“Volatility is probably going to be higher than people think next year.”

If last Wednesday was any indicator, then trouble is indeed coming. The major U.S. indices all closed in negative territory after sporting their worst trading day for the month of November.

Largest Hedge Fund in the World Bets on a Bearish Three Months in Markets

Reports also emerged this past week from the Wall Street Journal that Ray Dalio's Bridgewater, the biggest hedge fund on earth with $150 billion in assets under management has supposedly bet well over a billion on global stock markets to come down in the coming three months.

Bridgewater Associates will score big if the S&P 500 or the Euro Stoxx 50 (or both together) drop, according to people in the know who leaked the trade to the Wall Street Journal. The Journal claimed in its first report on the matter that the bet on declining markets relies on combinations of put options which Goldman Sachs and Morgan Stanley together assembled over several months for Dalio's hedge fund. This would provide the hedge fund with the right (but not the obligation) to sell stocks at a pre-set price on or by a given date.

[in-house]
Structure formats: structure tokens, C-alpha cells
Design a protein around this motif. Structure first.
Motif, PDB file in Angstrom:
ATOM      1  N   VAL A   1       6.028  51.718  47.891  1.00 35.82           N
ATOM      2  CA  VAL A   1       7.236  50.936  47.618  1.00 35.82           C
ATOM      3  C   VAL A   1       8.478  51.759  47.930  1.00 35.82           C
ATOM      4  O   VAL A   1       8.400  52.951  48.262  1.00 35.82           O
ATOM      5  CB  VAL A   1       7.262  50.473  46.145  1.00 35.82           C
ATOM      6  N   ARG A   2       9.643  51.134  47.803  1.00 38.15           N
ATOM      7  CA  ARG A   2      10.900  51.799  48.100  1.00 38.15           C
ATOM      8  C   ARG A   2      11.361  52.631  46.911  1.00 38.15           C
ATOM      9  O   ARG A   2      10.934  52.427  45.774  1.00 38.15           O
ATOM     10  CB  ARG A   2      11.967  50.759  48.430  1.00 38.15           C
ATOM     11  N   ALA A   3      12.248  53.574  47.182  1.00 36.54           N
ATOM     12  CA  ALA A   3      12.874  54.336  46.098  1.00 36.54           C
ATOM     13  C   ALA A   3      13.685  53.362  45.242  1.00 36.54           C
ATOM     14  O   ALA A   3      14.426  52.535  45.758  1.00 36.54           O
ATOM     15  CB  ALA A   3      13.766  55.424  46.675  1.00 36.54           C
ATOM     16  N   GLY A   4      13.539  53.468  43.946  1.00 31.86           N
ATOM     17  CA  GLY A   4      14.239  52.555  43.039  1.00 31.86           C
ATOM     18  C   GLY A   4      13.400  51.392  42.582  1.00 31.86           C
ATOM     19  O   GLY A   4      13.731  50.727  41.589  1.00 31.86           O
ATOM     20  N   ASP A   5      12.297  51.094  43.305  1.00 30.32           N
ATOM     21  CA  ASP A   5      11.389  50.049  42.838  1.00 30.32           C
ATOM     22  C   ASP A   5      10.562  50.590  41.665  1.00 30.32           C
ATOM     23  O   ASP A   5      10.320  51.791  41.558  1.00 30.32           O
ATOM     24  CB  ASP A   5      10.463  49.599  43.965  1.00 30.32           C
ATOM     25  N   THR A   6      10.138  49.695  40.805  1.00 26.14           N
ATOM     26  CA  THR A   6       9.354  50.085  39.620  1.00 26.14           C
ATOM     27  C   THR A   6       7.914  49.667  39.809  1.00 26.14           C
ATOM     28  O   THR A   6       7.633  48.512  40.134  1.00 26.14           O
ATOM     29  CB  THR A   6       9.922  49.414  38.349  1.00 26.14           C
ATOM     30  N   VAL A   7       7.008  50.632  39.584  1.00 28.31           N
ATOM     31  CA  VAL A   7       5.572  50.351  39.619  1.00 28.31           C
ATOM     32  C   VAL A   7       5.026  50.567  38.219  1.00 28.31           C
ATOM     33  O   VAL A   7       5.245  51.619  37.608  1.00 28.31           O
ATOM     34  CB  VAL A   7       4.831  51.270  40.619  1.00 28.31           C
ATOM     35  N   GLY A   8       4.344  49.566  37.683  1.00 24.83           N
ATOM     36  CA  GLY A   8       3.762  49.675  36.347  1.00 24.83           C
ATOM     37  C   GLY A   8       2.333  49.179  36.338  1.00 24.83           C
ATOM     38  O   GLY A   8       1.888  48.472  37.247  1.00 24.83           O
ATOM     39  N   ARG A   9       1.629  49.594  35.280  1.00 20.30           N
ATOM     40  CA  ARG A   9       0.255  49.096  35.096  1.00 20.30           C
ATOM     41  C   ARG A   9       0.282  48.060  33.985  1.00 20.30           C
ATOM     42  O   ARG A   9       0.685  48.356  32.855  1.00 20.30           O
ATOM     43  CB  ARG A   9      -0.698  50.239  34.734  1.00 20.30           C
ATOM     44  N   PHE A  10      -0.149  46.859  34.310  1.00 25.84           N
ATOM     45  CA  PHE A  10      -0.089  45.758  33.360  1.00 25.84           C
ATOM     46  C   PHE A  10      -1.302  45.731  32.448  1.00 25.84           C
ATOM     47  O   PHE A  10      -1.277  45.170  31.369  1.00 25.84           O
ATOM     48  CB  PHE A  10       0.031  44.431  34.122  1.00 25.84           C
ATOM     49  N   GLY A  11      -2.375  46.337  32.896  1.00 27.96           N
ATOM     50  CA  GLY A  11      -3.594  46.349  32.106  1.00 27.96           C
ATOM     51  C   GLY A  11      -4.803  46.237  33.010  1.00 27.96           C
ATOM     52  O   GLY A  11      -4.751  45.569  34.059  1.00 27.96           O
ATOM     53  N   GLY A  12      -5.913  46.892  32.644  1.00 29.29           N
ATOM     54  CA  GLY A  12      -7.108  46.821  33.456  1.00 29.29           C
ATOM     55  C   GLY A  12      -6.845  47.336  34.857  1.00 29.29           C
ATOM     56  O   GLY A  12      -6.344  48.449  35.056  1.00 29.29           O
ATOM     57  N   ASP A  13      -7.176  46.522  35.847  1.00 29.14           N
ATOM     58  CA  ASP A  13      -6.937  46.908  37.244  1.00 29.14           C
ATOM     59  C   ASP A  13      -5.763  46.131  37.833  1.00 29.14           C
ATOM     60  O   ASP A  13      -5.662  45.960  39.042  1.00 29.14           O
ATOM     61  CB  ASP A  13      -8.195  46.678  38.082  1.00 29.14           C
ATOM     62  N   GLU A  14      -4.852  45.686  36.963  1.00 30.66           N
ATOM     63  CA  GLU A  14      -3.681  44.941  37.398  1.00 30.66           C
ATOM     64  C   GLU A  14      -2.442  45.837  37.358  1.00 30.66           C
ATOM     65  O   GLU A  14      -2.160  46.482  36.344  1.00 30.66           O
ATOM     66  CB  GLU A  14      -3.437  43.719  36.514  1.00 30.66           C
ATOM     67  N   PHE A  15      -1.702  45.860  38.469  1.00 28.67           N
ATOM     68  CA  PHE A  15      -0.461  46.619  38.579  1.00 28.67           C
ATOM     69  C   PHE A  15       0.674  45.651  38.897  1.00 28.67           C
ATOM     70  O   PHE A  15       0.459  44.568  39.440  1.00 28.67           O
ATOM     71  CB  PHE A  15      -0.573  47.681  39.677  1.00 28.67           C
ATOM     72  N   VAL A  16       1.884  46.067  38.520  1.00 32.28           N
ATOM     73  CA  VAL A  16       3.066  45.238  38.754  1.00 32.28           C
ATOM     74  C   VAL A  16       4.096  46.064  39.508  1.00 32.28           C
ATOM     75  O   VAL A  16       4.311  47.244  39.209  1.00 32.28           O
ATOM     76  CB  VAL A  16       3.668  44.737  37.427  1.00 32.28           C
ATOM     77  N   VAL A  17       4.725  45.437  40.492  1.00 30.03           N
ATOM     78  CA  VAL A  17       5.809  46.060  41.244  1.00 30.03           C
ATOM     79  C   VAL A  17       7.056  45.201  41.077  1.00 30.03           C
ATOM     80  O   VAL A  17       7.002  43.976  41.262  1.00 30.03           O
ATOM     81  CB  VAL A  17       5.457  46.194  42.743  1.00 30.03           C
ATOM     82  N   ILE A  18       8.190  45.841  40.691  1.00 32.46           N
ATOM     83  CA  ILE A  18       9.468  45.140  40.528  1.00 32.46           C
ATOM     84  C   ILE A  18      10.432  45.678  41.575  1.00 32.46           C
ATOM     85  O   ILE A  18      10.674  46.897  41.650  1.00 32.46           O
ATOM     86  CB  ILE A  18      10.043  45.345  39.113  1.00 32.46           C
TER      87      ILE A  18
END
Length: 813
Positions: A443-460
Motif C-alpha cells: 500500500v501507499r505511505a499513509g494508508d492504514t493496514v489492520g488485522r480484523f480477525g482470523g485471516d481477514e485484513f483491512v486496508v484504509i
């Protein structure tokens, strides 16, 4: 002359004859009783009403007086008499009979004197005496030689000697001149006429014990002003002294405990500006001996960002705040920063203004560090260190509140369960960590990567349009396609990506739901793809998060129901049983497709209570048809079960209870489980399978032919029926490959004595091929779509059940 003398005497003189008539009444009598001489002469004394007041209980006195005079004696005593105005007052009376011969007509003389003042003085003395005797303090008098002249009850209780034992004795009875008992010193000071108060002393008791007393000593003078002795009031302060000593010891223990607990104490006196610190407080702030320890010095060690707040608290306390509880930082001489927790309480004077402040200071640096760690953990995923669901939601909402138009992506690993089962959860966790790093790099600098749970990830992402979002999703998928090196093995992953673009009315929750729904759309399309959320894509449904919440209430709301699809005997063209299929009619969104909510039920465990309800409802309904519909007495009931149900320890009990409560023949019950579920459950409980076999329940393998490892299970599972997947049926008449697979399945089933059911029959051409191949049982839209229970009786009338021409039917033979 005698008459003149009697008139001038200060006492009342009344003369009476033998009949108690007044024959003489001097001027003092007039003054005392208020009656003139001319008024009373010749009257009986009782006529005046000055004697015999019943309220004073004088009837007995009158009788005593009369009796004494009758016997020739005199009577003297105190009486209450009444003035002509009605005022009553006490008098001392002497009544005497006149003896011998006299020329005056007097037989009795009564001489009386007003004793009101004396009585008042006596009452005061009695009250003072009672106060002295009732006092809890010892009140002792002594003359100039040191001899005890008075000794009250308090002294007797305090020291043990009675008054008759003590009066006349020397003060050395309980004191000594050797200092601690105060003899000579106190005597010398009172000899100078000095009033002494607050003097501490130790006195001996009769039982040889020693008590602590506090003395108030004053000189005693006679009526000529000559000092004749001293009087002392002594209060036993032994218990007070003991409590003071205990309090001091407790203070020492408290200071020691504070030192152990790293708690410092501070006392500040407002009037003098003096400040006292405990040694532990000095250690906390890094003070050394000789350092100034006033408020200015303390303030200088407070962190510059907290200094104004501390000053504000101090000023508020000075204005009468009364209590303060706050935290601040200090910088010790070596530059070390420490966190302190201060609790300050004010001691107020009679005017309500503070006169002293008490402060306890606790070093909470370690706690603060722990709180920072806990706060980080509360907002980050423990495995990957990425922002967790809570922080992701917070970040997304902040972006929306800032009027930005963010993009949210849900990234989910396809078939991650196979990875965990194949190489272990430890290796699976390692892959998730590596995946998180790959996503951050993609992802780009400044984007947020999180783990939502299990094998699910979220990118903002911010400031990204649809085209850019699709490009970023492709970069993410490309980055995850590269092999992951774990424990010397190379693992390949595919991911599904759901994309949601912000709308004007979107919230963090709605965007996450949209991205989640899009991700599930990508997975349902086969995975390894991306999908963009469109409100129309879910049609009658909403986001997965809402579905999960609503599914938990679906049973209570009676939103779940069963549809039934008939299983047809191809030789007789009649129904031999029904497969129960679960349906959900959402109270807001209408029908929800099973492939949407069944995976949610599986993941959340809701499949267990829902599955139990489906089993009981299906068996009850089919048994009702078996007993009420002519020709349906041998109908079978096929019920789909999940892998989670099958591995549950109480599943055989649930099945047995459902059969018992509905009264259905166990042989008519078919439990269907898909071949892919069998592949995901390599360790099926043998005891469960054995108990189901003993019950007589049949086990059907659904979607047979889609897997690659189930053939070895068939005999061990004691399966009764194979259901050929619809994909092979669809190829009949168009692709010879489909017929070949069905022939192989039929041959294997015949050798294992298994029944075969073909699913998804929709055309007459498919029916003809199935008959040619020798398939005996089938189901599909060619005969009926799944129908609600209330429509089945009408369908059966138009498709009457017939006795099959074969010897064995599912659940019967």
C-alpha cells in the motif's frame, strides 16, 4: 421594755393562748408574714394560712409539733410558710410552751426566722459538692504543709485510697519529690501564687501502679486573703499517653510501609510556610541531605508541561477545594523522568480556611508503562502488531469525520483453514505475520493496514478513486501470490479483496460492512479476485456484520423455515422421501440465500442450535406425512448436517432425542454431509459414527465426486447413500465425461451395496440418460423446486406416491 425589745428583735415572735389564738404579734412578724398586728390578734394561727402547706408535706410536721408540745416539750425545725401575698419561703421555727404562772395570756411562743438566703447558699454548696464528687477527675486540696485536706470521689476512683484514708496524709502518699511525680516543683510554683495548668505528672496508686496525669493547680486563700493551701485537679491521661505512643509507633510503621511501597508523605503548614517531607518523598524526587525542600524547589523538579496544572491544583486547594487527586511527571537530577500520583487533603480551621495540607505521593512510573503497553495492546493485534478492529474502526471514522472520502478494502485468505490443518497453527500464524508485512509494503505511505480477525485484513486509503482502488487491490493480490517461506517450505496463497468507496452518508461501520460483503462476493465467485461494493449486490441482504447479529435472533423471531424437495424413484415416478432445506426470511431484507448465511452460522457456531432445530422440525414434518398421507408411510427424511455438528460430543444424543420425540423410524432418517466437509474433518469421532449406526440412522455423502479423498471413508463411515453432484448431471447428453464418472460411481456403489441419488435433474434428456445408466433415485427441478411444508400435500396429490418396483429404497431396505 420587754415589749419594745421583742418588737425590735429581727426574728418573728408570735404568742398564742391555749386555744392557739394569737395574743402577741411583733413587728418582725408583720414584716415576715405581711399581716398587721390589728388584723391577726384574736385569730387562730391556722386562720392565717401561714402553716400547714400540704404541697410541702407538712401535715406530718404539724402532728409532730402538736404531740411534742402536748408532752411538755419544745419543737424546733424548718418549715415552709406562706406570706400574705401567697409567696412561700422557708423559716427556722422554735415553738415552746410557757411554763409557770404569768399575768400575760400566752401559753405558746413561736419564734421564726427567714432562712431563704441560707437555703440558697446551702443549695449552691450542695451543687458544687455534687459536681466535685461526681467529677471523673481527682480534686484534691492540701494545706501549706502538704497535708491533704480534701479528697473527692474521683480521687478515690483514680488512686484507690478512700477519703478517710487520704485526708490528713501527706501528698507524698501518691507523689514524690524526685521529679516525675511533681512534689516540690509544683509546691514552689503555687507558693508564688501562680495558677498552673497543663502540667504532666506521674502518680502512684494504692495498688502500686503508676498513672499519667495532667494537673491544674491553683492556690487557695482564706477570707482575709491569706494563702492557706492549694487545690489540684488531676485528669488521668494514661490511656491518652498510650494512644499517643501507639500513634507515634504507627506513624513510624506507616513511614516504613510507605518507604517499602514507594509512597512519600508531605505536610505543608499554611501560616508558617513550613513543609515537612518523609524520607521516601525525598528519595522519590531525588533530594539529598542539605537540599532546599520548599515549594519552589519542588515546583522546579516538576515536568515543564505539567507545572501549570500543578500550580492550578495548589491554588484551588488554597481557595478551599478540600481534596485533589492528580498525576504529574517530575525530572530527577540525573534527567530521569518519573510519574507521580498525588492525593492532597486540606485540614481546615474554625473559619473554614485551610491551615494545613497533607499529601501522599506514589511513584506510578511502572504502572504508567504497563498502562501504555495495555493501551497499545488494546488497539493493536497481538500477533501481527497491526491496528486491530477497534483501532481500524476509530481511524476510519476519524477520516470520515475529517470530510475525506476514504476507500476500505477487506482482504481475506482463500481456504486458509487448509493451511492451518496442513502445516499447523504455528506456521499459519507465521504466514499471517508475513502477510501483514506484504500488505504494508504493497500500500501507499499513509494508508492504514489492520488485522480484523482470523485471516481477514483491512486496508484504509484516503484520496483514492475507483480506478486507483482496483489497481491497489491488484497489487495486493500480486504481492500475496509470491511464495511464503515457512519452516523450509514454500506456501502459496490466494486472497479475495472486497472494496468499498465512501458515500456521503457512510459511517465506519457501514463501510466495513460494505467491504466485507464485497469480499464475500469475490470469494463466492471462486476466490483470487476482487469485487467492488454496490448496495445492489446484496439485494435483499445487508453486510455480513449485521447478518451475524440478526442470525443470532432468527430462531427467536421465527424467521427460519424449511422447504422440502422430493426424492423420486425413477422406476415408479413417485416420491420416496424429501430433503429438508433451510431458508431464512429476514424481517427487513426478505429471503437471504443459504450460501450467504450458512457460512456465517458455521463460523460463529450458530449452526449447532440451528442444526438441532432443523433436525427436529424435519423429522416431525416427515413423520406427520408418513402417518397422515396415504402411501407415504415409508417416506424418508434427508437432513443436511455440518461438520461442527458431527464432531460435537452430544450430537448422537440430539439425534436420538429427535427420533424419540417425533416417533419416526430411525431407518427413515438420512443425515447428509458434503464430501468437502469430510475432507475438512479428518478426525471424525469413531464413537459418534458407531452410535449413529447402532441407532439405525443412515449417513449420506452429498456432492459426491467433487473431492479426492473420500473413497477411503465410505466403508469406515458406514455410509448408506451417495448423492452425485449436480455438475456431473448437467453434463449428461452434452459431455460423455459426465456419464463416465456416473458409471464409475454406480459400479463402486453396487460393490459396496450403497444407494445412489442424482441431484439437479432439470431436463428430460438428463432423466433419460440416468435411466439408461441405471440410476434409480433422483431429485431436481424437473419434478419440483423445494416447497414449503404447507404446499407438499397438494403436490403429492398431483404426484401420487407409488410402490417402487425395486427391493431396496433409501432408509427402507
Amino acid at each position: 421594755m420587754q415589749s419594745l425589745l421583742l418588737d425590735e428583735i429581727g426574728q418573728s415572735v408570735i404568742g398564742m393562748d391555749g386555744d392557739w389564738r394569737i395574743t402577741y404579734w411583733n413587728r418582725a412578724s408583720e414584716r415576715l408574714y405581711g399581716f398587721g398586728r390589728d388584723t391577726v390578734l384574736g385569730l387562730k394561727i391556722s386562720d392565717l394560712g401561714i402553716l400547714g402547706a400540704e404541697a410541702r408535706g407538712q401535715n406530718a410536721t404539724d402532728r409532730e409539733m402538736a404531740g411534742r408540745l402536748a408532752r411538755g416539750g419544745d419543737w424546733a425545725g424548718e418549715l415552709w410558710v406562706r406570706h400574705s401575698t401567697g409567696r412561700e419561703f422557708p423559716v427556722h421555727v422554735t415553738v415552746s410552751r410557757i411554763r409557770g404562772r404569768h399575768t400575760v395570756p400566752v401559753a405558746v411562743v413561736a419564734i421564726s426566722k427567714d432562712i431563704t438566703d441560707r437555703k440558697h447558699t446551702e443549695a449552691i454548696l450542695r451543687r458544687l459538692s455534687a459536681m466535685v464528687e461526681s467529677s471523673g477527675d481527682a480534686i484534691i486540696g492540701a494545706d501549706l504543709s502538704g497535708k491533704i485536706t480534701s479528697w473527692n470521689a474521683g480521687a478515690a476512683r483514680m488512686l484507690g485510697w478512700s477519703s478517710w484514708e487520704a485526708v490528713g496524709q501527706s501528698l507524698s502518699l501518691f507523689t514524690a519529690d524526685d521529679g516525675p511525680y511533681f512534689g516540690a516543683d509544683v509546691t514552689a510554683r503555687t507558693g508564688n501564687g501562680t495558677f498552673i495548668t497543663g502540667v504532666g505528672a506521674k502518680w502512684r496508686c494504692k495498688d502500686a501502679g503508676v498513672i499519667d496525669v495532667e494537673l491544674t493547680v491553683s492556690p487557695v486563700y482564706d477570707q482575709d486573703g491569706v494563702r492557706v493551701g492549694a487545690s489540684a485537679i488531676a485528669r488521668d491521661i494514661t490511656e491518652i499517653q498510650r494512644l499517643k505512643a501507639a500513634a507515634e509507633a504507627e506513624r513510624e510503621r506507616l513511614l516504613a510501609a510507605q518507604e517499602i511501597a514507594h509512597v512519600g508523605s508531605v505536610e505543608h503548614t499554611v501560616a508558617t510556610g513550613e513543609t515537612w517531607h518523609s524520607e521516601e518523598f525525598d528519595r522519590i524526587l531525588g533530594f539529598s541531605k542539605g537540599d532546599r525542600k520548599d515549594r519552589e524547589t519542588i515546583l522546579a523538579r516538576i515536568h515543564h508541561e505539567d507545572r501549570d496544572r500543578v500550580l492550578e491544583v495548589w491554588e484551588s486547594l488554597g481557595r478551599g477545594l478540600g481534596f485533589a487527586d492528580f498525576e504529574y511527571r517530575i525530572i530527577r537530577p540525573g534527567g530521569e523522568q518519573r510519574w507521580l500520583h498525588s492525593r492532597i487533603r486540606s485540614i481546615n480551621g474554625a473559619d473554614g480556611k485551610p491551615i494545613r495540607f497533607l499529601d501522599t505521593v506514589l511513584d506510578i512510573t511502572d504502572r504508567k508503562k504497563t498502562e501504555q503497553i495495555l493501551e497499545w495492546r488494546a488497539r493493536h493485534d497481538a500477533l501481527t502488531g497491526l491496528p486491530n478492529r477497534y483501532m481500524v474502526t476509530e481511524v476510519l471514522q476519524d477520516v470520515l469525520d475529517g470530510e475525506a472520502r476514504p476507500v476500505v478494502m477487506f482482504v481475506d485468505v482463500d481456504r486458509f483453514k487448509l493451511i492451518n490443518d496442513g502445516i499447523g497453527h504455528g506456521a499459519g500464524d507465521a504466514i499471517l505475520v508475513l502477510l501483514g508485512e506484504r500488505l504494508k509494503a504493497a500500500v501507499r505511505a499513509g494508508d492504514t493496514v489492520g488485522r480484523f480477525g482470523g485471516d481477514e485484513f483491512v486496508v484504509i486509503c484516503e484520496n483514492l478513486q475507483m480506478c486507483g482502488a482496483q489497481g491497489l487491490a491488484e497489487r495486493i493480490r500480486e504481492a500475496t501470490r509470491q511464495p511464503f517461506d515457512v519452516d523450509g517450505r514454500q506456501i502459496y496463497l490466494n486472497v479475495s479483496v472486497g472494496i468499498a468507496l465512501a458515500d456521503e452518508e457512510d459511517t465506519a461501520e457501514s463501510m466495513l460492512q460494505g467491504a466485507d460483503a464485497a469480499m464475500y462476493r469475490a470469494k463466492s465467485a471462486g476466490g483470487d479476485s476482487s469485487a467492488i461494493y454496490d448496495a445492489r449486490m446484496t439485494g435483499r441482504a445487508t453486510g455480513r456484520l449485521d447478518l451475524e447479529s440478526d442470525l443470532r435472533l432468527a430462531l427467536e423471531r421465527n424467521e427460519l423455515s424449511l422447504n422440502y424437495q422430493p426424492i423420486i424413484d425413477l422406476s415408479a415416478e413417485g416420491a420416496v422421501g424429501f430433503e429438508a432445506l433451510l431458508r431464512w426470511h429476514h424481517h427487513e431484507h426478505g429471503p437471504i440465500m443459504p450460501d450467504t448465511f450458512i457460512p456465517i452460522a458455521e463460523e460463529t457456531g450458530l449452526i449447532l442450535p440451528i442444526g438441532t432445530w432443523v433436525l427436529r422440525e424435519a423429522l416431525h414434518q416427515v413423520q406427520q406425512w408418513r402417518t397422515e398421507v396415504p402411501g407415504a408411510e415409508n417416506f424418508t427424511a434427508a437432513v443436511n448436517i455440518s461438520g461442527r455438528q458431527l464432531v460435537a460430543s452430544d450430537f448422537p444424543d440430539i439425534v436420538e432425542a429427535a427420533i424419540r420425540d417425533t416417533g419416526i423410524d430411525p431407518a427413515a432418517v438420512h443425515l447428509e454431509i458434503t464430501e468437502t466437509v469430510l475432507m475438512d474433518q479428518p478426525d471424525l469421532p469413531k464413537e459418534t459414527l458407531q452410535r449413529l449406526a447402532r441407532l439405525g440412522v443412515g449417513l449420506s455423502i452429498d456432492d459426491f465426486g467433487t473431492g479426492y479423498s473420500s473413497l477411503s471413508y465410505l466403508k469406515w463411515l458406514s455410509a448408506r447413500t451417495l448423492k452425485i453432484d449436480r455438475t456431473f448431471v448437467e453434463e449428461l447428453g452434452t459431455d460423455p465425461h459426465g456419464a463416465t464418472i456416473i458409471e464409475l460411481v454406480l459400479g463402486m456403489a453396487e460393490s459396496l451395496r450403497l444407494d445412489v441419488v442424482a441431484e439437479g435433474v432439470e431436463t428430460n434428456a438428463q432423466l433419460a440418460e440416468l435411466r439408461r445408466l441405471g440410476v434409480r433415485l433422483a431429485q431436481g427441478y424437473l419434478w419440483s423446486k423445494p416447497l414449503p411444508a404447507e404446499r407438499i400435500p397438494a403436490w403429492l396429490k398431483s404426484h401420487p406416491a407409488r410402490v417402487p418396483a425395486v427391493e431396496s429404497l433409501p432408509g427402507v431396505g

The word on the street is that Bridgewater Associates shelled out roughly $1.5 billion for these massive bearish contracts. It would amount to nearly one percent of the entire portfolio under management at Bridgewater, according to the report. Bridgewater refused to confirm the trade or any motivation behind such a bearish gamble. Yet numerous investment strategists and investors have become more cautious over the last few weeks as each of the three major American equity indices attained new record highs. This chart below shows just how overbought markets are right now: